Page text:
Banks, credit unions, insurance companies,
Save Effort on GDPR Compliance Audits
The General Data Protection Regulation (GDPR) compliance, which comes into force on May 25, 2018, seeks to provide unified and clear rules on stronger data protection that are fit for the digital age, give individuals more control over their personal information processed by companies, and standardize data privacy laws across the EU. Any organization that processes the personal data of any EU residents — even if it is located outside of the EU — is subject to GDPR compliance audits. Conducting regular data protection audits internally is essential to achieving compliance with GDPR.
What are the key GDPR audit requirements you need to comply with?
GDPR and ISO 27001 are two significant compliance standards that aim to strengthen data security and mitigate the risk of data breaches. No wonder people ask whether it is enough to be certified to ISO 27001 to become fully compliant with GDPR. However, complying with the GDPR is no easy task and even ISO-compliant companies cannot feel confident now. If an organization fails to comply with the GDPR, it can be slapped with huge fines (up to €20 million or 4% of annual worldwide turnover) and suffer damage to its corporate reputation, as well as face class-action lawsuits from users and the risk of losing customers. So, here are the main GDPR requirements and the initial steps to take to comply with them:
- Privacy by design — Implement appropriate technical and organizational measures for ensuring that sensitive data is processed properly and is accessible by only the appropriate people. Be aware of where GDPR-regulated data resides in your network, keep an eye on users who have access to that information and spot critical events around that data.
- Accountability — Collect, process and store personal data based on the data protection compliance principles. A good first step toward ensuring and demonstrating compliance with the GDPR data management and protection requirements is to restrict access to data based on the principle of least privilege and be ready to demonstrate to auditors that you rigorously adhere to that principle.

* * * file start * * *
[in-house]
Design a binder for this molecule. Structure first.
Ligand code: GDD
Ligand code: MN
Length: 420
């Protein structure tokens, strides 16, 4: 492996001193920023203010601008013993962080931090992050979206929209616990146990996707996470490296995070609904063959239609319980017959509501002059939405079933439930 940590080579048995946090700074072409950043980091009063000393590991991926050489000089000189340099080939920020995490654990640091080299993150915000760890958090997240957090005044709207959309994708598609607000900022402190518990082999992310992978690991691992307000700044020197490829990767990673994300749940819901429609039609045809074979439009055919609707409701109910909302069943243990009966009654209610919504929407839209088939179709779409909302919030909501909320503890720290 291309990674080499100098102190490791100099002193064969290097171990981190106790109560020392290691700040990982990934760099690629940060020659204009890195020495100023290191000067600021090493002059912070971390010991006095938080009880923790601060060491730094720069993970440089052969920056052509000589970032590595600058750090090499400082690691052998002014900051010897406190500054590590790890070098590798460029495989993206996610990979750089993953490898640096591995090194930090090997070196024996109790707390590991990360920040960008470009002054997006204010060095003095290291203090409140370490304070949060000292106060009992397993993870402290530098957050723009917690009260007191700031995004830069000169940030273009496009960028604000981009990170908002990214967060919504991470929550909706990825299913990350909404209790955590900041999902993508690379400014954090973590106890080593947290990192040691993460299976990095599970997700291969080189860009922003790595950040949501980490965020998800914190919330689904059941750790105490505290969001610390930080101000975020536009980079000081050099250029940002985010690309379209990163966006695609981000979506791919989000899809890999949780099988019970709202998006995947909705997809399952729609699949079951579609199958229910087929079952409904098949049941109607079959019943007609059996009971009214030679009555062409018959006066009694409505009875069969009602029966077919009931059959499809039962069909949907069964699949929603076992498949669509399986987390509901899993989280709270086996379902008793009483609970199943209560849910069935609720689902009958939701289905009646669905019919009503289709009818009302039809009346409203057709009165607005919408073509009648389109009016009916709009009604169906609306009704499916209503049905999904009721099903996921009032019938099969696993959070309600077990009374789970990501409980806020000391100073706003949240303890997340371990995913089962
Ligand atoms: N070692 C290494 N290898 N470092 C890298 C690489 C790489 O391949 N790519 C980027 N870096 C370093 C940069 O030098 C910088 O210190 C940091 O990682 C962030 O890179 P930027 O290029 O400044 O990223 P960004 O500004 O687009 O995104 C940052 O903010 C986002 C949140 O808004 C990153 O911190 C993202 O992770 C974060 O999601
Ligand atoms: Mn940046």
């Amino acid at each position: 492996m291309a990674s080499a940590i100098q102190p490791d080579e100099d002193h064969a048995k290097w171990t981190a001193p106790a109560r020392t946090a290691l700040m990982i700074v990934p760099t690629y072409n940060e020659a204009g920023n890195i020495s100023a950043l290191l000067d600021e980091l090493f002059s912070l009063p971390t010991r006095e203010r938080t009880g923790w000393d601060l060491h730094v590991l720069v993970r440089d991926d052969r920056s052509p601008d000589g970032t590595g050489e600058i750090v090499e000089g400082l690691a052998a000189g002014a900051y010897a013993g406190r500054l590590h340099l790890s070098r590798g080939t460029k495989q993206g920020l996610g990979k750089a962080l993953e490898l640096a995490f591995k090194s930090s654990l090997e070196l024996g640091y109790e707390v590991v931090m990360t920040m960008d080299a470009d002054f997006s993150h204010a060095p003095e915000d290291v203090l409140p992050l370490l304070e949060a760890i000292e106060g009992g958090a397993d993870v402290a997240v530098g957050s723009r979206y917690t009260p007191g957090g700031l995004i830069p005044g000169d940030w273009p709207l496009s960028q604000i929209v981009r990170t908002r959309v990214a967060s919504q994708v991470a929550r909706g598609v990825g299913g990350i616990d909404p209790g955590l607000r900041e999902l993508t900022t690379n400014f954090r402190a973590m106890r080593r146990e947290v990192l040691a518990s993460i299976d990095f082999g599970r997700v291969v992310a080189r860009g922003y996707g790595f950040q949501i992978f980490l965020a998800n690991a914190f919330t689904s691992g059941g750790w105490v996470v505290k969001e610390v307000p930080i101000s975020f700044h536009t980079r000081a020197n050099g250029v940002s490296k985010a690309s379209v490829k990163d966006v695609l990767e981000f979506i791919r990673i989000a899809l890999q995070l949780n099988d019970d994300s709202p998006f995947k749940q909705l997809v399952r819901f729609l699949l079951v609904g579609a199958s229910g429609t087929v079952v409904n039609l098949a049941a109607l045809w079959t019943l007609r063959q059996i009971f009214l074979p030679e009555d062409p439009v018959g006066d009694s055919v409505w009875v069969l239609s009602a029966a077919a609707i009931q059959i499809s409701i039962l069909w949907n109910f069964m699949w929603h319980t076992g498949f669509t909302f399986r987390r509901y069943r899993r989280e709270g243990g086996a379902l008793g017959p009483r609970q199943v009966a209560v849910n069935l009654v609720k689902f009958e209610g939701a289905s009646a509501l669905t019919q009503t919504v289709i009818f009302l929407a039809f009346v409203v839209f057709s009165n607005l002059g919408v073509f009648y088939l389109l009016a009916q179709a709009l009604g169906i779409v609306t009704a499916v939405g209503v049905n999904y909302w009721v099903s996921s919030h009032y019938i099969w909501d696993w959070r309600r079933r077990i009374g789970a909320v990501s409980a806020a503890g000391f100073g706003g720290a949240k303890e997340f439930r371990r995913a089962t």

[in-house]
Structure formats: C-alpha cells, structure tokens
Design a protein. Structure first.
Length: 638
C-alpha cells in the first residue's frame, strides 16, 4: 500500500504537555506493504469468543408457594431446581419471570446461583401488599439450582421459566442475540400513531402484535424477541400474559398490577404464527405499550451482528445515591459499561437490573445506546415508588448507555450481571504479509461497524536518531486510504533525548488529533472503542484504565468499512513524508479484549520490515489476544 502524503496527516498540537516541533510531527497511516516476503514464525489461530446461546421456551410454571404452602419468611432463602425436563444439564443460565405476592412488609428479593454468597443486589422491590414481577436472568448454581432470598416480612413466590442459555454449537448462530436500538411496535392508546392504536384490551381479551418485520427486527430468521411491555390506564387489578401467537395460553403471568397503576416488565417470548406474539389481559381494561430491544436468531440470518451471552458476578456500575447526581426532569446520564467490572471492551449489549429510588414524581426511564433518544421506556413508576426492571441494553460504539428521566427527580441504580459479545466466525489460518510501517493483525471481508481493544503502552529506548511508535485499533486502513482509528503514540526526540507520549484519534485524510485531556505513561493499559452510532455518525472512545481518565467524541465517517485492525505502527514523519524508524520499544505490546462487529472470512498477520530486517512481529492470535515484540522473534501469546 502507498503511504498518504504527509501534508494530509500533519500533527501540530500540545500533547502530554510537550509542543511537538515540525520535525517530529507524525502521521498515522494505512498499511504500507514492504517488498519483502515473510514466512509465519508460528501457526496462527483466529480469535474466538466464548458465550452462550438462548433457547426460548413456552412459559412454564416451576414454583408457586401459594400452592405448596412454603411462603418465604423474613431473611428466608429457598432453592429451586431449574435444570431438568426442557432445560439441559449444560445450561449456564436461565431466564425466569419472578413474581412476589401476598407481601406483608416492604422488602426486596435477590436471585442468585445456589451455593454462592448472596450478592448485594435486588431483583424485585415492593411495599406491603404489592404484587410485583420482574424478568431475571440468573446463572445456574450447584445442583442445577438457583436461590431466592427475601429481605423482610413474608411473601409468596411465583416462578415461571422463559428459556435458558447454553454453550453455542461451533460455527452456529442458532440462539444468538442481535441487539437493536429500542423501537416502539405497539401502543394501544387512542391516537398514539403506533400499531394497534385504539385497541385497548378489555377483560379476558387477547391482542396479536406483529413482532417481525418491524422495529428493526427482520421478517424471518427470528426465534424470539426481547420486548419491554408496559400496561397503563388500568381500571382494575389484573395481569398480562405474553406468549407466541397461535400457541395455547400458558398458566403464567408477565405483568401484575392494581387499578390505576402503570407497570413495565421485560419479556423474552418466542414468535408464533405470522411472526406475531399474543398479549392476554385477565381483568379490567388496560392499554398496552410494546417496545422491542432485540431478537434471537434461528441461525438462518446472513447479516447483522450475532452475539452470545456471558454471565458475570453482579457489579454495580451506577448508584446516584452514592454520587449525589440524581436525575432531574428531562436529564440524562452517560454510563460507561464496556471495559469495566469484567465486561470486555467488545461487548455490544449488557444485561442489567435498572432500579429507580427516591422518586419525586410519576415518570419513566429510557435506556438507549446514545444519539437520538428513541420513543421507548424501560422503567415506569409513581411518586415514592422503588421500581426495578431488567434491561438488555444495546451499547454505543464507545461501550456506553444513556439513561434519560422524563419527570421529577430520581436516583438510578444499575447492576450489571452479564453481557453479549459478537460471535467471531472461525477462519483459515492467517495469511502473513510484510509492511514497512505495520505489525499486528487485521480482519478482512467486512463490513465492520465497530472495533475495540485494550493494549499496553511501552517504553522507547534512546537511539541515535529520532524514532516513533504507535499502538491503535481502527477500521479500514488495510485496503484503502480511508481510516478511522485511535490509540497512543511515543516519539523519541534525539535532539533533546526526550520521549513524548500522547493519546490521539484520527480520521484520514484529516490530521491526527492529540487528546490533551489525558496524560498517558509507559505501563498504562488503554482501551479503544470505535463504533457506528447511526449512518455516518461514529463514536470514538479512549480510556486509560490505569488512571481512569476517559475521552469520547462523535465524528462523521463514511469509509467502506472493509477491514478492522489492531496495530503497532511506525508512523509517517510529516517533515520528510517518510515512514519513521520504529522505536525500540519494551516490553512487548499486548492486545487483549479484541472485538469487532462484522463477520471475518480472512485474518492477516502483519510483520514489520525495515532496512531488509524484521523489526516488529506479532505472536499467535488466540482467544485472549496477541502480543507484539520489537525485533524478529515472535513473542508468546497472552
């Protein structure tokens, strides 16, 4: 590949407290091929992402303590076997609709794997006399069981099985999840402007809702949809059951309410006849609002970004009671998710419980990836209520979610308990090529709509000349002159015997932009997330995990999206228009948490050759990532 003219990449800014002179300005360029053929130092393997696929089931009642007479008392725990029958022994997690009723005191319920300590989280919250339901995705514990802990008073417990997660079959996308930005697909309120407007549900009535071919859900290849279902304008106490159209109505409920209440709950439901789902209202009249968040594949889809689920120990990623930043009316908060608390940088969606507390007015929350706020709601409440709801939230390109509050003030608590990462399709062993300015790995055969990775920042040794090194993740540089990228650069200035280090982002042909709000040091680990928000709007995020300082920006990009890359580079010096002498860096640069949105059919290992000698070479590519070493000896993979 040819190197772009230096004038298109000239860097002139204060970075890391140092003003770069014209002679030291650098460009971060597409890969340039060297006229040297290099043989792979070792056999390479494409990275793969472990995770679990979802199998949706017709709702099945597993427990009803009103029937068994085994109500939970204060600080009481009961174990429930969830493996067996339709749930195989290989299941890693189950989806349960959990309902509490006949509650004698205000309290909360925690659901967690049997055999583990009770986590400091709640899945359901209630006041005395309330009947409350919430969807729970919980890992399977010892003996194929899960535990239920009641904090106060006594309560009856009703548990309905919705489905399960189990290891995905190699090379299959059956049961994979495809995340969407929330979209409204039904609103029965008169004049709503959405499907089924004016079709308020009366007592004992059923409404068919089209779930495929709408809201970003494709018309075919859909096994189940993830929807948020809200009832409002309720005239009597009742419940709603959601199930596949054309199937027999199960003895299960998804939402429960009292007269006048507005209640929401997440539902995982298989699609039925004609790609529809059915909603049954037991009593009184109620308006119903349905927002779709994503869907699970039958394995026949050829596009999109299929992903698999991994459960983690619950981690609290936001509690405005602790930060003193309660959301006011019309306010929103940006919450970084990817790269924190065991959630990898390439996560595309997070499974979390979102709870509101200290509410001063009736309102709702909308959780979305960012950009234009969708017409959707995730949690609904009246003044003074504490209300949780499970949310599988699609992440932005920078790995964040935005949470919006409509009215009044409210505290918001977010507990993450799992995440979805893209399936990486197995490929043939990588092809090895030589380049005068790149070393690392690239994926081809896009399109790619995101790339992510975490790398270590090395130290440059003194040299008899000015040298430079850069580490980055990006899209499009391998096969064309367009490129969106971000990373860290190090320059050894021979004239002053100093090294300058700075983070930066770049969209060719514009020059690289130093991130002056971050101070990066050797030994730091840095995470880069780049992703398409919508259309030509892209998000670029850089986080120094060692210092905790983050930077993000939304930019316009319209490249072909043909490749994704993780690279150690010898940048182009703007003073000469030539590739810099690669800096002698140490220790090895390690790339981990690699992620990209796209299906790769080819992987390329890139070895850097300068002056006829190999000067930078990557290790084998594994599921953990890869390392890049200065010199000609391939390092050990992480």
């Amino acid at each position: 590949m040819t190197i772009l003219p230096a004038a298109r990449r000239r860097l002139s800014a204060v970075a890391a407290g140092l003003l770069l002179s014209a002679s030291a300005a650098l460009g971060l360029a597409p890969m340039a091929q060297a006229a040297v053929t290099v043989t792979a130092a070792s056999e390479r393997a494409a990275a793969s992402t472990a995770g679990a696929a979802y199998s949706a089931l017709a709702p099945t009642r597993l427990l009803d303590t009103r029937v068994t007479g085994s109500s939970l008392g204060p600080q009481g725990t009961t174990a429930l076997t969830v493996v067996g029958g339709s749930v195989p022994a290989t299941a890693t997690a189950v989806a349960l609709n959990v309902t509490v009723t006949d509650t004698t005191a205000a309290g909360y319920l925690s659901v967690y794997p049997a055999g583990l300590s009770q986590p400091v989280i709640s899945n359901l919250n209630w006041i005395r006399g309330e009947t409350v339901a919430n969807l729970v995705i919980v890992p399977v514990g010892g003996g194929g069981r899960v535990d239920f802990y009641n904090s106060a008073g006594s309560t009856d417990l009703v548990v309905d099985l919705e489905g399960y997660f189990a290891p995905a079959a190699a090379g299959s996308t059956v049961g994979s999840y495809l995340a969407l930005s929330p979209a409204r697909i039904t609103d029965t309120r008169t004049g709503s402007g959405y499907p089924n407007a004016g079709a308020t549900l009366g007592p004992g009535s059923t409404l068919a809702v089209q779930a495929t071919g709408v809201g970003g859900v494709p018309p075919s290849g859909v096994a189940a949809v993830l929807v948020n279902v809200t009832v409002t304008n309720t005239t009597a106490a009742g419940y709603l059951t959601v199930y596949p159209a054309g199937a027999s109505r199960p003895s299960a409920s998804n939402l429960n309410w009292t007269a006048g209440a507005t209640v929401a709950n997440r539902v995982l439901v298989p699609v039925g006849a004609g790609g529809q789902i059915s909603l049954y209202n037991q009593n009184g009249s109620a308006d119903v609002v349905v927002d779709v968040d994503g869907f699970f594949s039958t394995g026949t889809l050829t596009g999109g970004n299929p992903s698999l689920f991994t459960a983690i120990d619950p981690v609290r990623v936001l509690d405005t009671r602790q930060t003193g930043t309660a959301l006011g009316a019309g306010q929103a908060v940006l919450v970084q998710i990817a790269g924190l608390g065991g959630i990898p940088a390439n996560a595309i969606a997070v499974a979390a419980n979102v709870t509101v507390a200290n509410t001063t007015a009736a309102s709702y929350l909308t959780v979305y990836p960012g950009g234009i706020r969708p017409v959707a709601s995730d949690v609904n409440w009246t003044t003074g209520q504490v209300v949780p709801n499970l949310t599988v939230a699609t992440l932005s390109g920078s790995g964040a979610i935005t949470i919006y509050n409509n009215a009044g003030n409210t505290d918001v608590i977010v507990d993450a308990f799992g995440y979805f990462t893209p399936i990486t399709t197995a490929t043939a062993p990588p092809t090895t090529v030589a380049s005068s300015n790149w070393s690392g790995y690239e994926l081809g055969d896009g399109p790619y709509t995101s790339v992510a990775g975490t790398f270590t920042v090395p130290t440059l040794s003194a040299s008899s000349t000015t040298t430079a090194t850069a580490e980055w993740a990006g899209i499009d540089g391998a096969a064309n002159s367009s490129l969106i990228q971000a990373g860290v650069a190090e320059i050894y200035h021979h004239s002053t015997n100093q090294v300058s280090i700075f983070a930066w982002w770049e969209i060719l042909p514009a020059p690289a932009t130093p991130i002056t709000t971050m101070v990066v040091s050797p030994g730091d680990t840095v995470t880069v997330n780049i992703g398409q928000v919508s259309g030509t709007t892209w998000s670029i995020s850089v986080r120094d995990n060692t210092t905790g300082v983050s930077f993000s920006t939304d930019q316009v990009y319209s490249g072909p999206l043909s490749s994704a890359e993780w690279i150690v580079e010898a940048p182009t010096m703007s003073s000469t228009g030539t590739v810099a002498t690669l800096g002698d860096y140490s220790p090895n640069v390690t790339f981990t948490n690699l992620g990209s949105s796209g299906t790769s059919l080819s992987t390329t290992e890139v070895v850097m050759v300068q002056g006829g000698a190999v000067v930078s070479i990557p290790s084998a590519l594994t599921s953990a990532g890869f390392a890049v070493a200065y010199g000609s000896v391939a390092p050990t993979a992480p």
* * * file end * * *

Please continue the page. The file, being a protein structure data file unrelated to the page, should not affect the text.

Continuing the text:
- Extended rights of data subjects — Provide data subjects with information about whether, where and for what purpose their sensitive personal data is being used. Ensure your business can find, delete, rectify or provide a copy of any user’s personal data upon their request.
- 72-hour data breach notification — If you discover a data breach, notify the supervisory authority within 72 hours, providing details such as how the data breach occurred, what measures were taken to mitigate the risks, and the type and number of files that were affected.
- Data Protection Officer appointment — Appoint a DPO who will be responsible for ensuring that your organization’s data protection policies and processes adhere to GDPR requirements. The DPO must keep records of all processing operations involving sensitive data, suggest ways to improve data governance and systematically assess data security risks.
What types of sensitive personal data does the GDPR regulate?
Prior to undertaking a data protection audit to comply with GDPR requirements, it is necessary to identify all data you store that is considered sensitive by GDPR standards. Any information relating to a data object is classified as personal data and is therefore protected by the GDPR. It is often helpful to divide GDPR-related information into categories like these:
- Biographical information: SSN, date of birth and email addresses
- Medical history: Sick leave data and genetic information
- Workplace and education records: Salary, tax information, and employee or student numbers
- Online identifiers: Cookies that contain PII or IP addresses
- Other personal data: Religion and geo-tracking data
Use these categories to perform a thorough analysis of the data in your systems, so you can prioritize protection of all data that the GDPR considers "personal data".
How can you spend less time and effort on GDPR compliance audits?
It is hard for organizations to handle this volume of GDPR data on their own, so consider investing in an auditing solution that will help you find and properly secure GDPR-related content. The monitoring software from Netwrix dramatically simplifies GDPR compliance. For example, instead of painstakingly searching through each of your file shares for the personal data of an EU citizen to comply with the right to be forgotten, you can simply enter any identifying information about the individual in the search engine and get complete and accurate results in seconds.
You can also quickly provide evidence that only eligible employees can read, modify, or delete GDPR files, and ensure that no malicious activity is going on around GDPR data. In case of a data breach, the Netwrix Auditor platform will send an alert with details about the incident, so you can pass this information on to the supervisory authority in a timely manner, as well as investigate the breach further. Moreover, Netwrix Auditor can help you prevent such incidents and strengthen security controls across your IT infrastructure by enabling you to perform constant auditing and uncover security weaknesses before they lead to a breach.